Newspaper article The Florida Times Union

Brown Needed to Be Held Accountable

Newspaper article The Florida Times Union

Brown Needed to Be Held Accountable

Article excerpt

When former U.S. Rep. Corrine Brown was sentenced to five years in federal prison, it was a sad but appropriate result of a case of public corruption.

The fact that Brown had often been an effective advocate for her constituents was a key reason why she deserved a prison sentence.

She had used her good works to create a sham charity, raising money that was supposed to go for scholarships for needy students. Instead much of that money went for the personal benefit of Brown and her close associates.

These two elements - Brown's good works and using her position for illegal personal purposes - are linked.

People in occupations of high public trust - such as law enforcement, government, education, the clergy, journalism, etc. - are held to higher standards.

So when they act in corrupt fashion, the betrayal of the public's trust is even more profound.

Too often, Brown made maintaining the public's trust secondary to satisfying her personal ambition, such as when she doggedly fought for an absurdly drawn congressional district because it would be more likely to help her retain power.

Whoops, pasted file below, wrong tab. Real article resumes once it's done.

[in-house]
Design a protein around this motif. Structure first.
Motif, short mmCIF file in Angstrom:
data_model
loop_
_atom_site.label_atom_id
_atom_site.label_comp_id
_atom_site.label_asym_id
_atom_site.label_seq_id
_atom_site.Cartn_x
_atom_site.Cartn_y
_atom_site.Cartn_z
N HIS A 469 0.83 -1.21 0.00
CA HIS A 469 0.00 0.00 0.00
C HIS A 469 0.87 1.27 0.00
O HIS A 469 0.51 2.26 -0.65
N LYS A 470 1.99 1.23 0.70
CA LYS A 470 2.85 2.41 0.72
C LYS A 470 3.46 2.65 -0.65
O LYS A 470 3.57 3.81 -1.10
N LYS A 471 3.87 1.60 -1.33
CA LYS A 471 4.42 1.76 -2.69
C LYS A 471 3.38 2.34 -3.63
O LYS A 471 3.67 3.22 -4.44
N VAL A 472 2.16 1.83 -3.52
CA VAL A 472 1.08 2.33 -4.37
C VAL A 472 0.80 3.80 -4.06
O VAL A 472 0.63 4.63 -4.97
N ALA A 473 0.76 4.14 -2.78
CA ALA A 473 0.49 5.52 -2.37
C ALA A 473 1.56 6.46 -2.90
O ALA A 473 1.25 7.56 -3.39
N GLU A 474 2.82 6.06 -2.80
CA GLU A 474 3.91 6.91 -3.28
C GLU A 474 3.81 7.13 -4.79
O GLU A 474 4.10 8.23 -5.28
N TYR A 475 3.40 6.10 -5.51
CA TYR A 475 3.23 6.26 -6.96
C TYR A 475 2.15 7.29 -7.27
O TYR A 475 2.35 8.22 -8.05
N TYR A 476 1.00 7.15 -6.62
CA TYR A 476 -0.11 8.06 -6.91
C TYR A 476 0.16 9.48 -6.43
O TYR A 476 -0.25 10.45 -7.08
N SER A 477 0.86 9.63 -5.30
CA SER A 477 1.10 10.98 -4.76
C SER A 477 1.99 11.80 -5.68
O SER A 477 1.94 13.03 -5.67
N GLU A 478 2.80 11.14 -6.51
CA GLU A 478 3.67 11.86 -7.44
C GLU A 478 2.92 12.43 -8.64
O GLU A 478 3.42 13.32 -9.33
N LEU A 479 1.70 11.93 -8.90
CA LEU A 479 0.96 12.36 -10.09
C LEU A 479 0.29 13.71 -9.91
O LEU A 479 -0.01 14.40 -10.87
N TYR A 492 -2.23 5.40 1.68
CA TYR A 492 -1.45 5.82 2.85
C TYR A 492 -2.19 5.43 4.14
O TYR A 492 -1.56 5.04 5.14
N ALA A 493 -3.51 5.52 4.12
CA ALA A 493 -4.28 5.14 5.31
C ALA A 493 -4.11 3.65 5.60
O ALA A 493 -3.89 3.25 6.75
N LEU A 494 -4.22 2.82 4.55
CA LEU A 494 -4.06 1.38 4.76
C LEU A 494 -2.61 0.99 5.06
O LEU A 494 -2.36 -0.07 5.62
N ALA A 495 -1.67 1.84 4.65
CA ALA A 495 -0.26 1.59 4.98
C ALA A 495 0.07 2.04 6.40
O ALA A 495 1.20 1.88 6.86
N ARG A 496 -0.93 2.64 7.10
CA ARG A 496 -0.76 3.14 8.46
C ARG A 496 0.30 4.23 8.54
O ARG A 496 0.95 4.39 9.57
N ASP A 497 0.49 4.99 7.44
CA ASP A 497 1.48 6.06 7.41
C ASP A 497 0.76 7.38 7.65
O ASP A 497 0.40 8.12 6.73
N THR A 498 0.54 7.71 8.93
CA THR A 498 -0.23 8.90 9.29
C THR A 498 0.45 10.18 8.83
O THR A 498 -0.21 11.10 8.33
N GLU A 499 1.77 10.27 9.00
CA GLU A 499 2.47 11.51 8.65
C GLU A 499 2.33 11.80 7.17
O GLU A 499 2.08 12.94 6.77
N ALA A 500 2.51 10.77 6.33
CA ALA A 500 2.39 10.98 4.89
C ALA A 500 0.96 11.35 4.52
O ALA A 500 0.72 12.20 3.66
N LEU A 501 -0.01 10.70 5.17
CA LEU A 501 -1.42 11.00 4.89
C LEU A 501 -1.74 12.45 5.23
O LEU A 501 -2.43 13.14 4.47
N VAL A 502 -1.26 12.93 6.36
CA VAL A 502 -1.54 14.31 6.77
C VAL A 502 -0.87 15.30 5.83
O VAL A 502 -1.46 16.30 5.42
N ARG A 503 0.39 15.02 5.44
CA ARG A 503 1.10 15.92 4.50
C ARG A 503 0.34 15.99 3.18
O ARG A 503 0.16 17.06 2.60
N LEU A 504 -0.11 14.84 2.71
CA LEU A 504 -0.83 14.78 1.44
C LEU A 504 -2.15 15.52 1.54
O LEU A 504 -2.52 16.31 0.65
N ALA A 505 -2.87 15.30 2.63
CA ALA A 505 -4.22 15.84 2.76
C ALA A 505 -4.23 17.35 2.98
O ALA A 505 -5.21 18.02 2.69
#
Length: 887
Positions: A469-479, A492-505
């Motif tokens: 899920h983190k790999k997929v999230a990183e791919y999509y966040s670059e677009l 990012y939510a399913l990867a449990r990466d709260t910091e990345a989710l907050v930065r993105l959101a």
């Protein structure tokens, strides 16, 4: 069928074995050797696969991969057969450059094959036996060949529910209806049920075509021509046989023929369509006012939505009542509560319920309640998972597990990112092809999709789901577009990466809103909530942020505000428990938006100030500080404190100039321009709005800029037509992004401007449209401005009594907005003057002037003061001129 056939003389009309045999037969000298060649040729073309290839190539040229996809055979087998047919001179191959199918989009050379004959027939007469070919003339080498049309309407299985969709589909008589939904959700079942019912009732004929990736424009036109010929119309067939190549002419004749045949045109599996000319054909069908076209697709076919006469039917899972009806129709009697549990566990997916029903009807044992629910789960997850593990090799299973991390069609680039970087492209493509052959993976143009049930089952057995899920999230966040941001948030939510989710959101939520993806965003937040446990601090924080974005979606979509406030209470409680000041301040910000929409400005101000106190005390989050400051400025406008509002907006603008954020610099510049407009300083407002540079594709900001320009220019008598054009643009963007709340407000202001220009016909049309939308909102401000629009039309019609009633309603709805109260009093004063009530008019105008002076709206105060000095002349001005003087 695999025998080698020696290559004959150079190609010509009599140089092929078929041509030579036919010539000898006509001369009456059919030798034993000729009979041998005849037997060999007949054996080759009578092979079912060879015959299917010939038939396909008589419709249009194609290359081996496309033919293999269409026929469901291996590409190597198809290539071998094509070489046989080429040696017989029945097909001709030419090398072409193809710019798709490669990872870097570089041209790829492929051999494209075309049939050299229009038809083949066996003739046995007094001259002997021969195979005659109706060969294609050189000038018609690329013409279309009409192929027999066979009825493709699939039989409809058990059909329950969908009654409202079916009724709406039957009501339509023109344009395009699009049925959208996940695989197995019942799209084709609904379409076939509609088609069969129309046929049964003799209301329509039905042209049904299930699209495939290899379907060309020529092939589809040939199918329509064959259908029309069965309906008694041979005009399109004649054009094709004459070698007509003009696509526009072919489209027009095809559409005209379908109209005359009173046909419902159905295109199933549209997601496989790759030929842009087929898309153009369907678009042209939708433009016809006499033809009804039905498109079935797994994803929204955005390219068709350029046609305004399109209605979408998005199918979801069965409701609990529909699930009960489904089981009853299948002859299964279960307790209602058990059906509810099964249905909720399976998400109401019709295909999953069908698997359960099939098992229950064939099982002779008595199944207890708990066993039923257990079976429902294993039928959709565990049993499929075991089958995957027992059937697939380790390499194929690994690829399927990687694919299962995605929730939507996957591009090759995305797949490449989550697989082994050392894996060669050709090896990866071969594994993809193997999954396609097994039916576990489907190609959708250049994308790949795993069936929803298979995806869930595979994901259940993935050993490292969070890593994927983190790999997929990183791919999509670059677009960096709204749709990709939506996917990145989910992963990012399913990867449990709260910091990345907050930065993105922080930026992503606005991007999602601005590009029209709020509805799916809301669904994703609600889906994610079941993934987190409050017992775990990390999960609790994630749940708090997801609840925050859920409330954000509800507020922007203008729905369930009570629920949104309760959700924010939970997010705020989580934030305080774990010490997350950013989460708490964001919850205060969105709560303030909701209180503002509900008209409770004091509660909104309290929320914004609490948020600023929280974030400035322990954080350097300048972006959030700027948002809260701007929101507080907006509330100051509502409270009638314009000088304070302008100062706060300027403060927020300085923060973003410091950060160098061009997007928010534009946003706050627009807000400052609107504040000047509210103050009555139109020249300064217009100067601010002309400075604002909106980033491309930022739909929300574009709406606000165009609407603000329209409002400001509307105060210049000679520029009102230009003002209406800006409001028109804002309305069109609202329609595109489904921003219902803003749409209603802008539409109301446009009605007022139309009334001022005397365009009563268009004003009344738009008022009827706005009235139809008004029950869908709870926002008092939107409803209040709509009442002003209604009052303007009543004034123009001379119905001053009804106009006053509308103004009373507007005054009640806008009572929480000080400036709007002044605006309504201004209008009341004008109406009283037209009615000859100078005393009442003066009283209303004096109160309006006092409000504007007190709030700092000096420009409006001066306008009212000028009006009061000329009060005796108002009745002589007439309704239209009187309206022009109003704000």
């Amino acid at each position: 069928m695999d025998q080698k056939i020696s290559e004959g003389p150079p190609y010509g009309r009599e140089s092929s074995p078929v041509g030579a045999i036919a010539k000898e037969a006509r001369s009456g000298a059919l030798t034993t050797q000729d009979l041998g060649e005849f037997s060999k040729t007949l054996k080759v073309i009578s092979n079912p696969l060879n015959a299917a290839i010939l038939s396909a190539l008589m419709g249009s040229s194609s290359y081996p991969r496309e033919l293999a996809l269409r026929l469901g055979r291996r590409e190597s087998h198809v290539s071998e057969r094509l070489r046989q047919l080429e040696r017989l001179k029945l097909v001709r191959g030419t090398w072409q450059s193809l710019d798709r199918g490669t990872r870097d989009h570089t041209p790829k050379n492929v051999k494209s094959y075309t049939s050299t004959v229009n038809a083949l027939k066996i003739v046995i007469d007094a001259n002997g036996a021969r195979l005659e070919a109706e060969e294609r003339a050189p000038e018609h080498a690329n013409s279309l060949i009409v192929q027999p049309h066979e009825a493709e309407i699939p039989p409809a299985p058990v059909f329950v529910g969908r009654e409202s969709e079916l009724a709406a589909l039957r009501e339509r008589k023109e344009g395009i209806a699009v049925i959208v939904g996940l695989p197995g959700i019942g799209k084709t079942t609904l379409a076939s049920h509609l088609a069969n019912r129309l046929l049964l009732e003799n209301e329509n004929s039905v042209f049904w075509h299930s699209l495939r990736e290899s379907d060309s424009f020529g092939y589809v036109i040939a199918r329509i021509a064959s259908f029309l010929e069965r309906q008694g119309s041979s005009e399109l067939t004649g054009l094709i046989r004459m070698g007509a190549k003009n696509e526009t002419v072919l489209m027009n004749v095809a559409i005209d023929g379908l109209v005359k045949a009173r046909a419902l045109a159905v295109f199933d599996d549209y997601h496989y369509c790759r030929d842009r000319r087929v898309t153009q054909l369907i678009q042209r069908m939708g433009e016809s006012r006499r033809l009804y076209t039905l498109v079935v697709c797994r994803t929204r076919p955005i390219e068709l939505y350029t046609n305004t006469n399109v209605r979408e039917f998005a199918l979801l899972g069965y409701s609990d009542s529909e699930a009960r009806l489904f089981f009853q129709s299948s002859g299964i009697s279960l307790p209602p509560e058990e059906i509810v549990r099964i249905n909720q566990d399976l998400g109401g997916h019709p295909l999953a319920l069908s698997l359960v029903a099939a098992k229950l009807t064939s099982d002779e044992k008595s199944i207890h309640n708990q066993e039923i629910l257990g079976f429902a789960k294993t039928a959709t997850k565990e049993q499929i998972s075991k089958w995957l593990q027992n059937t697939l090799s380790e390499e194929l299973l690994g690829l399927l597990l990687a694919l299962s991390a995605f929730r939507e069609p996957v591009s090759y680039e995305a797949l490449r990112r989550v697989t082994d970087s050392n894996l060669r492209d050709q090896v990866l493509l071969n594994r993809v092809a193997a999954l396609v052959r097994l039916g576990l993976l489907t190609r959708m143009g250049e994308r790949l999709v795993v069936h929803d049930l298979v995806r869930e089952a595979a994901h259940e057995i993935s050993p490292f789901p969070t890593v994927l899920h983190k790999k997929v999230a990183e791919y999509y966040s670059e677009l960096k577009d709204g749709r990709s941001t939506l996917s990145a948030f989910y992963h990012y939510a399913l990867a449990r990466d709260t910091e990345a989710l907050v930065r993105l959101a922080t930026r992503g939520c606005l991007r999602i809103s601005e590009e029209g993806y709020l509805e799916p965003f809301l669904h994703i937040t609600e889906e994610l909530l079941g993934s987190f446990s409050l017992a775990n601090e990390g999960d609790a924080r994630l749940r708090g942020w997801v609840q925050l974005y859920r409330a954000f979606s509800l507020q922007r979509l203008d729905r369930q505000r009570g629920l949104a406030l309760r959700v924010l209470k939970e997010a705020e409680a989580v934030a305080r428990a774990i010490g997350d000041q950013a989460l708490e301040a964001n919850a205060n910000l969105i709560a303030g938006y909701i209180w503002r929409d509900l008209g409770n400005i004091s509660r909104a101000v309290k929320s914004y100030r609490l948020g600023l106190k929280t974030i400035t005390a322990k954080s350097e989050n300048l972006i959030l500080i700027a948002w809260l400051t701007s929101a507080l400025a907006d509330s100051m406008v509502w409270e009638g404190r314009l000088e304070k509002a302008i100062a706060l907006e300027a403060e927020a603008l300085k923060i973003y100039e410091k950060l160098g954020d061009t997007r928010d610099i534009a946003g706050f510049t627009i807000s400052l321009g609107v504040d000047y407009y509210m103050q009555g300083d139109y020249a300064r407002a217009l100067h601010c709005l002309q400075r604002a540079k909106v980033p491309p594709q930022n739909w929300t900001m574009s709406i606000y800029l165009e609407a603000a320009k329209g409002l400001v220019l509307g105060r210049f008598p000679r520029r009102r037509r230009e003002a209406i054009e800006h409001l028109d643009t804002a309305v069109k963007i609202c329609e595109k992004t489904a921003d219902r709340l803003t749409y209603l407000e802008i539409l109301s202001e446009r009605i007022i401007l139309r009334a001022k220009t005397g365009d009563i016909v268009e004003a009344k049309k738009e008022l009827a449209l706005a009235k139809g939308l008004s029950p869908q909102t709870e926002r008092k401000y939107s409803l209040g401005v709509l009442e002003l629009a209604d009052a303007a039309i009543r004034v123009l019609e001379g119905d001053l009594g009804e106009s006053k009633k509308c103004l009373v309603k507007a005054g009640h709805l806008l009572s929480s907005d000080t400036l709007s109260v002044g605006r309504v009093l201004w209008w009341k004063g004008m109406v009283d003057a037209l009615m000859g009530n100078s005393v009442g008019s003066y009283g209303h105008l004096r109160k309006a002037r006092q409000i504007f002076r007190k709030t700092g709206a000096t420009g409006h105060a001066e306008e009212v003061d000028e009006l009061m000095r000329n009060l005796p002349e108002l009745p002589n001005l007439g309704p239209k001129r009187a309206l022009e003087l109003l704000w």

Indeed, Brown's case is a good reason for term limits.

History will rightly note that she was the first African-American elected to Congress in Florida since the era of Reconstruction.

But Brown wrongly grew to regard her proud place in history as a free pass to indulge a sense of entitlement that clearly had few boundaries.

If term limits had been in effect, Brown would have been less able to accumulate such corrupting power.

In delivering Brown's sentence, U.S. District Judge Timothy Corrigan noted the good works that were clearly part of the former congresswoman's record.

But he also noted that Brown had largely shown little to no remorse - and that she had often trotted out excuses that were "brazen" in their arrogance.

Brown had regrettably blamed race and the news media for the criminal charges. On the contrary, the Times-Union reporting staff did an admirable job of revealing the outlines of the sham charity, while the FBI and the justice system did their jobs without fear or favor.

Brown's claim that she was an unwitting victim of loyal aides flies in the face of her well-known record of relentlessly following through on projects that interest her. Playing the victim card is simply not convincing to anyone who has even met Brown.

She was nobody's victim.

The true victims are the children Brown professed to serve with scholarships. Instead, about $800,000 went for luxuries like lavish receptions and concert tickets.

"Ms. Brown leveraged the authority of her office and the relationships she had cultivated to illegal purpose," Corrigan said.

In the end, the motto "Corrine Delivers" turned into an indictment.

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